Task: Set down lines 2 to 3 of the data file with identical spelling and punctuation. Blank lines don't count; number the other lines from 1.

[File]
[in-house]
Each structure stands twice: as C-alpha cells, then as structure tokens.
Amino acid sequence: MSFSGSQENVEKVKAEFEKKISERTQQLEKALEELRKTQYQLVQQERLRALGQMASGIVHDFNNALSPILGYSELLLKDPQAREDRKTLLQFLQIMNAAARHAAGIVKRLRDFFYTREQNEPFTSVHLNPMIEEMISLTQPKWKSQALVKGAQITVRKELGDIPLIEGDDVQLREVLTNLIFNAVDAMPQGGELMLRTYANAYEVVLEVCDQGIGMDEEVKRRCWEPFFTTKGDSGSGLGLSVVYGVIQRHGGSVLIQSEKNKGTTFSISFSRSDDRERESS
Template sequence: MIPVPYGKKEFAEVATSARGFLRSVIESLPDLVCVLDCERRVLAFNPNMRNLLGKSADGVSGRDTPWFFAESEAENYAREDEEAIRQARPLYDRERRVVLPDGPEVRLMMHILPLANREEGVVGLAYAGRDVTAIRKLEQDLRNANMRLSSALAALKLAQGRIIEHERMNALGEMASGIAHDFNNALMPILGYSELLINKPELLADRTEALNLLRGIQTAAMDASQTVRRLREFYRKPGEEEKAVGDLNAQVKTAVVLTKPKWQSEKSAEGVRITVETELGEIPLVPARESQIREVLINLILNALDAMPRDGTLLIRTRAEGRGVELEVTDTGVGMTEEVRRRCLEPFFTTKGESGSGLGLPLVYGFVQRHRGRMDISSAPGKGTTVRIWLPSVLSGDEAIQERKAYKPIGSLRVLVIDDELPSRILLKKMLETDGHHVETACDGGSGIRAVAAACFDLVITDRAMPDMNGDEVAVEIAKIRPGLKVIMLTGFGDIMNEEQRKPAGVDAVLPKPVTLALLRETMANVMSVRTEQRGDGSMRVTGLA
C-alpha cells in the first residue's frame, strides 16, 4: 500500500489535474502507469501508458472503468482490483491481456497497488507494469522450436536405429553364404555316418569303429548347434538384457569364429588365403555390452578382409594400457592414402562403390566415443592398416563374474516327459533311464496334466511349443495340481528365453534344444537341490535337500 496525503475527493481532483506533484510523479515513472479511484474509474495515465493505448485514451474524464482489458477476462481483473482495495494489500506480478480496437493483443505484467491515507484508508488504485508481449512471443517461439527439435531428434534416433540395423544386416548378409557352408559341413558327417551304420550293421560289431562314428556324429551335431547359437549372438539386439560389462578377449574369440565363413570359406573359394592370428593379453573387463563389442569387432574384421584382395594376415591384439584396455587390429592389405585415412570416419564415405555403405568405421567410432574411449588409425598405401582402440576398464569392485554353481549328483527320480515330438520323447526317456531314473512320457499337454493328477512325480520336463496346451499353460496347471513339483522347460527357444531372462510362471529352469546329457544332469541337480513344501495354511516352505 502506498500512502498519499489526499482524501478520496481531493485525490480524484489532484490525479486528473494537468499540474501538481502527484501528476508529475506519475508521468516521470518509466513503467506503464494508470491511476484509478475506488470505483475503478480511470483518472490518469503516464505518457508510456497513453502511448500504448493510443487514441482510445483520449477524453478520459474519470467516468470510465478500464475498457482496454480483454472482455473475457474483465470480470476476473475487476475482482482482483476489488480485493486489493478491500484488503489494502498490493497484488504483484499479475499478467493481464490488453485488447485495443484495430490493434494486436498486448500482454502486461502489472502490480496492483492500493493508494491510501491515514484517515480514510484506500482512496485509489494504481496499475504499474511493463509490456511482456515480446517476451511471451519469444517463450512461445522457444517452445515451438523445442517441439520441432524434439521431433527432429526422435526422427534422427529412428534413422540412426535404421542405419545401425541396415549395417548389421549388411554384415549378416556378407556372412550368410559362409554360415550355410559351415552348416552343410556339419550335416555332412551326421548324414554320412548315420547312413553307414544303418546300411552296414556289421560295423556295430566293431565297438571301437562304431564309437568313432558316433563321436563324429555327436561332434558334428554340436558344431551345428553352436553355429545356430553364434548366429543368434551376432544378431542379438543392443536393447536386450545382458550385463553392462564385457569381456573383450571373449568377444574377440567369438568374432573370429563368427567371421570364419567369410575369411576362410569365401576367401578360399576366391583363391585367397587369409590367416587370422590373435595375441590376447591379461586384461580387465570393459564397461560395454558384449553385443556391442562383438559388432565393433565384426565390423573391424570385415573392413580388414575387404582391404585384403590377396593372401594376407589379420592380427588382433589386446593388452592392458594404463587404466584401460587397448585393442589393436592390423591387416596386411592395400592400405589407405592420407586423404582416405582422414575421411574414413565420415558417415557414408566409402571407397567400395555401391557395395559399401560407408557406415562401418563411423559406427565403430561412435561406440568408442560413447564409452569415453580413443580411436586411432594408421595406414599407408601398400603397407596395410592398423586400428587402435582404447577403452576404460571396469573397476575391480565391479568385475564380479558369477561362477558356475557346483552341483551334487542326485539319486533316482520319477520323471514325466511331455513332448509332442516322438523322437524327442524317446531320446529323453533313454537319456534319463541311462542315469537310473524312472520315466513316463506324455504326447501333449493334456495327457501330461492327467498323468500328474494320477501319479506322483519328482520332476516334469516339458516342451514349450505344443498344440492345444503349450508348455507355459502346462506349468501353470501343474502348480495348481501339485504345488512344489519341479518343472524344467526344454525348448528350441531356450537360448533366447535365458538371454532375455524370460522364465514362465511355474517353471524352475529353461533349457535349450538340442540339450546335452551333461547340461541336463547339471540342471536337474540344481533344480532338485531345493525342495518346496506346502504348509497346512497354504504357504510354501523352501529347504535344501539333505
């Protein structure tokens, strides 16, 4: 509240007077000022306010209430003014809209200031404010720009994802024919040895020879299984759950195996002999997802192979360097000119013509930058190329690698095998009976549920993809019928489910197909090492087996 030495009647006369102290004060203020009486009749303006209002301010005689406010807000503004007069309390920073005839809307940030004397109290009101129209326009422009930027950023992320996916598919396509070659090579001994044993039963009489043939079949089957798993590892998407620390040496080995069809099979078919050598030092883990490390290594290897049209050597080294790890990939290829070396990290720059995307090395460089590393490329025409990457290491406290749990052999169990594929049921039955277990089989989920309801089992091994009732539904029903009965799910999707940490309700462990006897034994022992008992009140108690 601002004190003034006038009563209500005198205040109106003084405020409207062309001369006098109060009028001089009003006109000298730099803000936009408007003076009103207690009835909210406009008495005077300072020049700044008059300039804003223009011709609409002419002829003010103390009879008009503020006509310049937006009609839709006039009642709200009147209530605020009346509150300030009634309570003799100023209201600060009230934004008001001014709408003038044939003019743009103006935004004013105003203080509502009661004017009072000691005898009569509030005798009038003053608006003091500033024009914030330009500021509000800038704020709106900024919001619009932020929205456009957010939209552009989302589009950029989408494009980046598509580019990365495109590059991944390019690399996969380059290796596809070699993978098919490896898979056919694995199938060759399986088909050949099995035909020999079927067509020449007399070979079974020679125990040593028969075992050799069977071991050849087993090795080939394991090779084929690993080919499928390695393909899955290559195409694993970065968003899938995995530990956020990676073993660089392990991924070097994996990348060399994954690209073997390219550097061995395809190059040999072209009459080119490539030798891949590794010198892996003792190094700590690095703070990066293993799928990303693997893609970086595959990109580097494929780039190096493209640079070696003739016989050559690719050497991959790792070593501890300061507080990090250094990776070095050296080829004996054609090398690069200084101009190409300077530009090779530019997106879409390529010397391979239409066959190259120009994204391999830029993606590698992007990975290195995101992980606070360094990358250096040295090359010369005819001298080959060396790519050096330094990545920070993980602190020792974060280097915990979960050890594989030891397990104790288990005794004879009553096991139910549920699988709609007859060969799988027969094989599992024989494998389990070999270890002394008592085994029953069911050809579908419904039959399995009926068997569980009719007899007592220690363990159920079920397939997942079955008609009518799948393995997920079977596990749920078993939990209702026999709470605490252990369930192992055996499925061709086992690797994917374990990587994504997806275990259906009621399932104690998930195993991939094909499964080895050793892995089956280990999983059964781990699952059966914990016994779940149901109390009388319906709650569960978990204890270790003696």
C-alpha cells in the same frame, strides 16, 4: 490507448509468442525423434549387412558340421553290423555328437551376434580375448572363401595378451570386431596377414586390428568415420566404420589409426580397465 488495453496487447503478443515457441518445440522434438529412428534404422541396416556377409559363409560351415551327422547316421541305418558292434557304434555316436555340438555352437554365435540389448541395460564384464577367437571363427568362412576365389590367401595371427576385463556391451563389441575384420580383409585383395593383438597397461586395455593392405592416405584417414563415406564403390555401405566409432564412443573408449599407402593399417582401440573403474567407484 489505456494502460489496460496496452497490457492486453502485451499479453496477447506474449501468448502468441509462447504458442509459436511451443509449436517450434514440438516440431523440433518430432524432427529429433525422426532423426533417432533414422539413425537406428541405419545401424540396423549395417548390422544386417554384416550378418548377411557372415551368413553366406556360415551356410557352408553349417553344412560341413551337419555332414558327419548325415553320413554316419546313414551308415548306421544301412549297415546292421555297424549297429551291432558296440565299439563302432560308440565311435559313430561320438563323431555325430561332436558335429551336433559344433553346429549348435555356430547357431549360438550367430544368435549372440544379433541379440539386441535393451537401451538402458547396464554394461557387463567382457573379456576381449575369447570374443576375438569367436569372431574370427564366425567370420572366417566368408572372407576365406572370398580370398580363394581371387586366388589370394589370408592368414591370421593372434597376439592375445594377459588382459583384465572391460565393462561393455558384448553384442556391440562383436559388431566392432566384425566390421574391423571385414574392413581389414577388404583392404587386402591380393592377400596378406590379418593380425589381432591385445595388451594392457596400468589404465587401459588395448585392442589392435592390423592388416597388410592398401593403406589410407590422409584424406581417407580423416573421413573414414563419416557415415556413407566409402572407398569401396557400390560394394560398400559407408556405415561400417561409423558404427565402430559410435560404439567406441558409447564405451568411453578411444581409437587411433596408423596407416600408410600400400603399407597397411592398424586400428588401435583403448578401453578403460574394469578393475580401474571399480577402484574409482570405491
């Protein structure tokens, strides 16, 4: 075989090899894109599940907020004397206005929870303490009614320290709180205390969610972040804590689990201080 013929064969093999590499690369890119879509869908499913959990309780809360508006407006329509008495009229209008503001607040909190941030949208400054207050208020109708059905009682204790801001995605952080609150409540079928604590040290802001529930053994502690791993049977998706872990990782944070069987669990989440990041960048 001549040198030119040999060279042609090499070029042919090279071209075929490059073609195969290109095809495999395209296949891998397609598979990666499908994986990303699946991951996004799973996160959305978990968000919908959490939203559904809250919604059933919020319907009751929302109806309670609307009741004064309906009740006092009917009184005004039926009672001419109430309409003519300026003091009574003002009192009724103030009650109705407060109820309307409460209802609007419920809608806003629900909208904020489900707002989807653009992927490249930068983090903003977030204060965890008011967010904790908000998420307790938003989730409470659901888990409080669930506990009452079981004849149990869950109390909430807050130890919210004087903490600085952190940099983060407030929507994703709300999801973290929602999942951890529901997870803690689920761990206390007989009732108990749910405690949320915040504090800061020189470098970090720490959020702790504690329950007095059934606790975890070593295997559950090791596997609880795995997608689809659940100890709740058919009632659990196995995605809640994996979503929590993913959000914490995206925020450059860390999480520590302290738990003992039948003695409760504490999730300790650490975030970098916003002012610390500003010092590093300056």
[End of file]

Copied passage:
Each structure stands twice: as C-alpha cells, then as structure tokens.
Amino acid sequence: MSFSGSQENVEKVKAEFEKKISERTQQLEKALEELRKTQYQLVQQERLRALGQMASGIVHDFNNALSPILGYSELLLKDPQAREDRKTLLQFLQIMNAAARHAAGIVKRLRDFFYTREQNEPFTSVHLNPMIEEMISLTQPKWKSQALVKGAQITVRKELGDIPLIEGDDVQLREVLTNLIFNAVDAMPQGGELMLRTYANAYEVVLEVCDQGIGMDEEVKRRCWEPFFTTKGDSGSGLGLSVVYGVIQRHGGSVLIQSEKNKGTTFSISFSRSDDRERESS